means for applying to the crankshaft of one of said presses a torque which varies as a function of the relative amplitudes of said reference signal and the respective feedback signal thereby to operate said one press at each instant substantially at the speed represented by the instantaneous amplitude of said reference signal;
means for generating for each press other than said one press a phase error signal having an amplitude which varies as a function of the instantaneous angular displacement between the respective crankshaft and the crankshaft of said one press; and
means for applying to the crankshaft of each of said other presses a torque which varies as a function of the algebraic sum of said reference signal and the respective feedback and phase error signals whereby each of said other presses is operated in synchronism with said one press.
2. Apparatus as set forth in claim lwherein said means for generating said phase error signals comprises:
a selsyn for each of said presses, each of said selsyns including a rotor having a winding and a stator having a plurality of windings, corresponding stator windings being interconnected with each other, the rotor. of each selsyn being driven by the crankshaft of the respective press;
means for applying an AC voltage to the winding of the rotor driven by the crankshaft of said one press; and
respective discriminator means responsive to the voltage induced in the rotor winding of each selsyn driven by one of said other presses and to said AC voltage for generating a respective voltage having an amplitude which varies as a function of the relative angular positions of the rotor of the respective selsyn and the rotor of the selsyn driven by 5 said one press.
3. Apparatus as set forth in claim l wherein said means for generating said phase error signals comprises:
a pulse generator driven by each of said presses, each of said generators providing a plurality of pulses for each revolution of the respective crankshaft;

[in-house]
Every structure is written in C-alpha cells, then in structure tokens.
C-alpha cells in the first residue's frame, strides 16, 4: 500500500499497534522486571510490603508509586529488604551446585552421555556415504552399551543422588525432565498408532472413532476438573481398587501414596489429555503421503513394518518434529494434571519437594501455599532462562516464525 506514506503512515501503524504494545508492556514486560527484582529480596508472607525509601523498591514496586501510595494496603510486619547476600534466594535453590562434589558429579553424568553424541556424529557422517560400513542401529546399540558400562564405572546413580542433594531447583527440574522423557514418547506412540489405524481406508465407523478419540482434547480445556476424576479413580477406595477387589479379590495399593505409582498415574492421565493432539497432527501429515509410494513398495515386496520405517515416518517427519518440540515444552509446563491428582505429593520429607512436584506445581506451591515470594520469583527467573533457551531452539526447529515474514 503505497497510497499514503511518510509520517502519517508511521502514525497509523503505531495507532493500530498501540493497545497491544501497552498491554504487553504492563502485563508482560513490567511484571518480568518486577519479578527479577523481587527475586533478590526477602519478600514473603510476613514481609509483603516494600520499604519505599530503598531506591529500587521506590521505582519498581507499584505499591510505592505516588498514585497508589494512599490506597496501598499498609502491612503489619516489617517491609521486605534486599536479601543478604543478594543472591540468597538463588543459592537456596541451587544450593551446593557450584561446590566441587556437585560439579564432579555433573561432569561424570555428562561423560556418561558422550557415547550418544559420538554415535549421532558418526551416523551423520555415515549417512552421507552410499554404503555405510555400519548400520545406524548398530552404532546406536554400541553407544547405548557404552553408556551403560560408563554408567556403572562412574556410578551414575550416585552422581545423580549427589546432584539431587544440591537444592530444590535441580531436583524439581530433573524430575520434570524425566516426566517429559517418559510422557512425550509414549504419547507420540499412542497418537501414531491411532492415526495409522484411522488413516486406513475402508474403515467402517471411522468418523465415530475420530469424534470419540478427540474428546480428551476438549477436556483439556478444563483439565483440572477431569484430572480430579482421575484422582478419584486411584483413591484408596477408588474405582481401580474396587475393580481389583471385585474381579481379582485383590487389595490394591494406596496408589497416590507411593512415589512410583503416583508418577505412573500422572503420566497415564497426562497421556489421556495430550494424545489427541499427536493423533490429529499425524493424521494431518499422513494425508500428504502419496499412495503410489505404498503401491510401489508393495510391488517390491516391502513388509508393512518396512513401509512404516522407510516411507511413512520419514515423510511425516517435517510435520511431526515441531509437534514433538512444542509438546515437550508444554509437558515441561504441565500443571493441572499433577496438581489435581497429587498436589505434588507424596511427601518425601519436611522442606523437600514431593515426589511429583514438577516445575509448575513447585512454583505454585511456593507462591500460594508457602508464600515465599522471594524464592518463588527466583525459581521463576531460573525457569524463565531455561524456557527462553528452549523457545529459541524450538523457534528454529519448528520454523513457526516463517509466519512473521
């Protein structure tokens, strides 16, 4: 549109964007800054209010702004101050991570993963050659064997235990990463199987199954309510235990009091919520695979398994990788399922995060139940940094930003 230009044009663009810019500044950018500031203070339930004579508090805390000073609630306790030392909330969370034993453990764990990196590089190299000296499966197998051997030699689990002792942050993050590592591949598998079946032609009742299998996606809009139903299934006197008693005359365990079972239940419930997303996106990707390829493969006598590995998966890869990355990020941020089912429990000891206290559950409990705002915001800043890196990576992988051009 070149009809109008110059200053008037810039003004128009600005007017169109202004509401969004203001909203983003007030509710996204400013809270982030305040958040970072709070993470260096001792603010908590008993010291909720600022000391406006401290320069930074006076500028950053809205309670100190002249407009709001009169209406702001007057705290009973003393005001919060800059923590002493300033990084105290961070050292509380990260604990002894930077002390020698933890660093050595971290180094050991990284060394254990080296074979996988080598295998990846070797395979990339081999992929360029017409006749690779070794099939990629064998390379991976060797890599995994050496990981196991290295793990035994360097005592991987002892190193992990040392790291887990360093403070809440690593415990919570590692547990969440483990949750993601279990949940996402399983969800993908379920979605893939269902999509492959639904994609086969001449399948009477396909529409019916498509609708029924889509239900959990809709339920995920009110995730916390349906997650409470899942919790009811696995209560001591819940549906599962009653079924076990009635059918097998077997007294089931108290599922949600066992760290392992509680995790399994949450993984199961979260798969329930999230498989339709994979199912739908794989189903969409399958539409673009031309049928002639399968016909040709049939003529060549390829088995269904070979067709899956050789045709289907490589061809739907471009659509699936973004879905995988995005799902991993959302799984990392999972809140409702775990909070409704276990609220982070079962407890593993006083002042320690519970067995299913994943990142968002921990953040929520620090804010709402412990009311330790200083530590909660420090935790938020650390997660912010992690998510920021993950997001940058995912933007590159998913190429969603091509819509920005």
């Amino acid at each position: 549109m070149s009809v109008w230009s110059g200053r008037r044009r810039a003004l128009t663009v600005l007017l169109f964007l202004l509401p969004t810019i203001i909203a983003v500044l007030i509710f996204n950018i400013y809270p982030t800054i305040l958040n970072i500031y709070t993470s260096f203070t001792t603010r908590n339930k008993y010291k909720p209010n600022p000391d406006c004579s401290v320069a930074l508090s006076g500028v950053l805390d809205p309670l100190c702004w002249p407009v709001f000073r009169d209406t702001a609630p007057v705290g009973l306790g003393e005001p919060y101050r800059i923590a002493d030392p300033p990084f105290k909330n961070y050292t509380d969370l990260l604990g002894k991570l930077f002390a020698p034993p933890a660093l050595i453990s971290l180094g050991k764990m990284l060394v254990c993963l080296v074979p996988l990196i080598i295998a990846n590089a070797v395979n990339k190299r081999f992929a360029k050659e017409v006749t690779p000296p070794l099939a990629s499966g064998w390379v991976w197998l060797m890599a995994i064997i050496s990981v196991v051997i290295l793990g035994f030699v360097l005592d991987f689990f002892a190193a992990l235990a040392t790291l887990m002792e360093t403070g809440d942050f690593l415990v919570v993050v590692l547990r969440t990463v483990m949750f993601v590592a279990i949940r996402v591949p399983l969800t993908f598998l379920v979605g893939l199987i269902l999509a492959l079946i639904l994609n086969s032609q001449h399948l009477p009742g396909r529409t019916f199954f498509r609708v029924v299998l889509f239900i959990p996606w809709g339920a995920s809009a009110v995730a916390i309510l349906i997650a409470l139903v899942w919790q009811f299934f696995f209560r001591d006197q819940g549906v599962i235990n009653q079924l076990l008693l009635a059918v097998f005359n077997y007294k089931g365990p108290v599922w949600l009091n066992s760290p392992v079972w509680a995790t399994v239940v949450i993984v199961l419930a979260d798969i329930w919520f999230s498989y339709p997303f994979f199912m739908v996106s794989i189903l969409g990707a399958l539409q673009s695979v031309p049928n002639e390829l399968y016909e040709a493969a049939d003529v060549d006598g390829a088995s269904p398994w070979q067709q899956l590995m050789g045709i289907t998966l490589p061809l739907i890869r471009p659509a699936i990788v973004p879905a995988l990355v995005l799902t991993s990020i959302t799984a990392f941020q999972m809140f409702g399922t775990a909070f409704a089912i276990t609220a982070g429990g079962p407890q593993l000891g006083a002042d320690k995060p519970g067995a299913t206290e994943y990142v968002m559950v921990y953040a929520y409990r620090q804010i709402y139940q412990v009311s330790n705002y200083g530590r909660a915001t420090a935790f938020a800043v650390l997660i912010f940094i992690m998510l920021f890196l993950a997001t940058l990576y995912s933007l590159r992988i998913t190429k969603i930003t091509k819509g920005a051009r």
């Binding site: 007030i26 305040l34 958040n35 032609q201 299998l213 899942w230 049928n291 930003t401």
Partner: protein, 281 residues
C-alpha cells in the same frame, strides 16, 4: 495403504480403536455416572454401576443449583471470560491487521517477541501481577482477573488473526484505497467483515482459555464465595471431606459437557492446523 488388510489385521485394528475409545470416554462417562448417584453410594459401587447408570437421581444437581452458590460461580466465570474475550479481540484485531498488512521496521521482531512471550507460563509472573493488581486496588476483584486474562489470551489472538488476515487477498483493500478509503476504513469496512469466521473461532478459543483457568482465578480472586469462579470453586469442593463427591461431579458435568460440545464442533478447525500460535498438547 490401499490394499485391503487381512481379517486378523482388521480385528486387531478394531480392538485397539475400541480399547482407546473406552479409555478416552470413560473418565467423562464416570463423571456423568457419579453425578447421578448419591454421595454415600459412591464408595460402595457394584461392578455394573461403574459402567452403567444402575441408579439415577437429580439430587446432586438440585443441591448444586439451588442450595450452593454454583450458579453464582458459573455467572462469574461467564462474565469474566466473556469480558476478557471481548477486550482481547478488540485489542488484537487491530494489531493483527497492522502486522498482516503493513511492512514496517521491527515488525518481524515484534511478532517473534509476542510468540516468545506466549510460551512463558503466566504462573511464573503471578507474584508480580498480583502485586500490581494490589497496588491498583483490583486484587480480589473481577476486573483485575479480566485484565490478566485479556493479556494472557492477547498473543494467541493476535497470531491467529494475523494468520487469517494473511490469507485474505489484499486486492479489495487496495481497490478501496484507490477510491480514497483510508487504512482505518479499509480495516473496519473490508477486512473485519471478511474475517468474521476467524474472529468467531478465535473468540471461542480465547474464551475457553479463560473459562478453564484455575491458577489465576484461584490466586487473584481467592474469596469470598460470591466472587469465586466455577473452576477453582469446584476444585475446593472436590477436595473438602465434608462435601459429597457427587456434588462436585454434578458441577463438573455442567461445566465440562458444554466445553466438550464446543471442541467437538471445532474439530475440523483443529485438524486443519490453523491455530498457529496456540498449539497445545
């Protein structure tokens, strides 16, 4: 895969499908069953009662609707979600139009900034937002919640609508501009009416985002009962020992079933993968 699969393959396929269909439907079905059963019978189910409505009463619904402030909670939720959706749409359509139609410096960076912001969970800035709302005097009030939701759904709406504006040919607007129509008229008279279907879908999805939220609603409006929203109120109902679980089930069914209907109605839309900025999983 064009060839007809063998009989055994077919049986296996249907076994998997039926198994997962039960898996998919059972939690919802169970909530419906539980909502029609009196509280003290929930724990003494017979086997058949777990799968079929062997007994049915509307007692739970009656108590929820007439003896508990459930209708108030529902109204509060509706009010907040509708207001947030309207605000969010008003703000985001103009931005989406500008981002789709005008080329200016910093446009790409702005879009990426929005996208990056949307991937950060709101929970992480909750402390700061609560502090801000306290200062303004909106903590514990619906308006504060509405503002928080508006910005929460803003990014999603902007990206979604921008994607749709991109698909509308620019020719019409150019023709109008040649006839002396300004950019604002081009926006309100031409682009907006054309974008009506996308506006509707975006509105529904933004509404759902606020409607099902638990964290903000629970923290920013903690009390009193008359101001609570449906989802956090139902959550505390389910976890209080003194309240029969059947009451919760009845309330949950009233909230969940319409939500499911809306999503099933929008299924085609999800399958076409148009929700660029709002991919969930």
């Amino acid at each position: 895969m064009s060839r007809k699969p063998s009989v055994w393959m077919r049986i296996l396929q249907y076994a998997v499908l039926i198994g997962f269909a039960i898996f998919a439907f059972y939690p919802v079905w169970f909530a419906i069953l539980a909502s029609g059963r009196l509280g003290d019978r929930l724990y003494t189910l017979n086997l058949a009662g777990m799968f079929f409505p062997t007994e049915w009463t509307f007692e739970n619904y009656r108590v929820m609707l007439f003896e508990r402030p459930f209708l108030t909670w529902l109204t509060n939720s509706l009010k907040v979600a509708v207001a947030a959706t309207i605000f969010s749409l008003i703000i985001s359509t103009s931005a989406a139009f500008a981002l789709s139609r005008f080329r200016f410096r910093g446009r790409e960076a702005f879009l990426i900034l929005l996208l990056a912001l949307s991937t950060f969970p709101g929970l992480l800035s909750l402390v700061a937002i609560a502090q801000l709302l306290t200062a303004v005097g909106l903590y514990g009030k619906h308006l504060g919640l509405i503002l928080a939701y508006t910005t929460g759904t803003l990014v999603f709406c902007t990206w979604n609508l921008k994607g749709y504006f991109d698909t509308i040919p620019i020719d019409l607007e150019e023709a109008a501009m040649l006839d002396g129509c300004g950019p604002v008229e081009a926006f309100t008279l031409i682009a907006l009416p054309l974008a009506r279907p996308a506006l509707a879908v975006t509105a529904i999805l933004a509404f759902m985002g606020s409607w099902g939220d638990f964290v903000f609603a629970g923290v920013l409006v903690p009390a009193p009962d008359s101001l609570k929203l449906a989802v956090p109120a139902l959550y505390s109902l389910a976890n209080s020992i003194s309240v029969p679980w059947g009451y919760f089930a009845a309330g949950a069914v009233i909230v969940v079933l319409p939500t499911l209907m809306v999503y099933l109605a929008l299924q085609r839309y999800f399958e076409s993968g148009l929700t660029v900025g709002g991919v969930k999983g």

a counter for each press for counting the pulses provided by the respective pulse generator;
means for resetting each of said counters when the respective press crankshaft reaches a predetermined angular position; and
comparator means for providing a phase error signal which varies as a function of the difference between the counts accumulated by said counters.
4. Apparatus for operating a press having a rotatable crankshaft by means of which the press is driven to cause said crankshaft synchronously to follow a preselected rotation of a rotatable reference standard, said apparatus comprising:
means for providing a reference signal having an amplitude which at each instant represents a preselected angular velocity for said crankshaft which is independent of the angular velocity of said reference standard; tachometer means driven by said crankshaft for generating a feedback signal having an amplitude which varies as a function of the instantaneous speed of said crankshaft; means for generating a phase error signal having an amplitude which varies as a function of the instantaneous angular displacement between said crankshaft and the angular position of said reference standard, said phase error signal generating means including first counter means driven by said reference standard and second counter means driven by said crankshaft and including also comparator means for generating a phase error signal which varies as a function of the difference between the counts accumulated by the two said counter means; and
means for applying to said crankshaft a torque which varies as a function of the algebraic sum of said reference and said feedback and said phase error signals whereby said press is operated in synchronism with said reference standard.
5. Apparatus as set forth in claim 4 wherein each of said counter means includes a pulse generator and a digital counter for counting the pulses generated by the respective pulse generator.
6. Apparatus as set forth in claim 4 wherein said comparator means comprises means for digitally subtracting the counts accumulated by said counter means and a digital-to-analogue converter for providing a signal having an amplitude which varies as a function of the difference between said counts.
522 33 UNITED STATES PATENT OFFICE CERTIFICATE OF CORRECTION Patent No. 35 8,9 Dated December 197 Inventor(s) Ralph L. Jaeschke It is certified that error appears in the above-identified patent and that said Letters Patent are hereby corrected as shown below:
The assignment information has been omitted from the title page. Below "Patented Dec. 22, 1970" should be -Assignee Eaton Yale & Towne Inc., Cleveland, Ohio,
a corporation of Ohio--.
Signed and sealed this 30th day of March 1971.
WILLIAM E. SCHUYLER, JR.
Commissioner of Patents Attesting Officer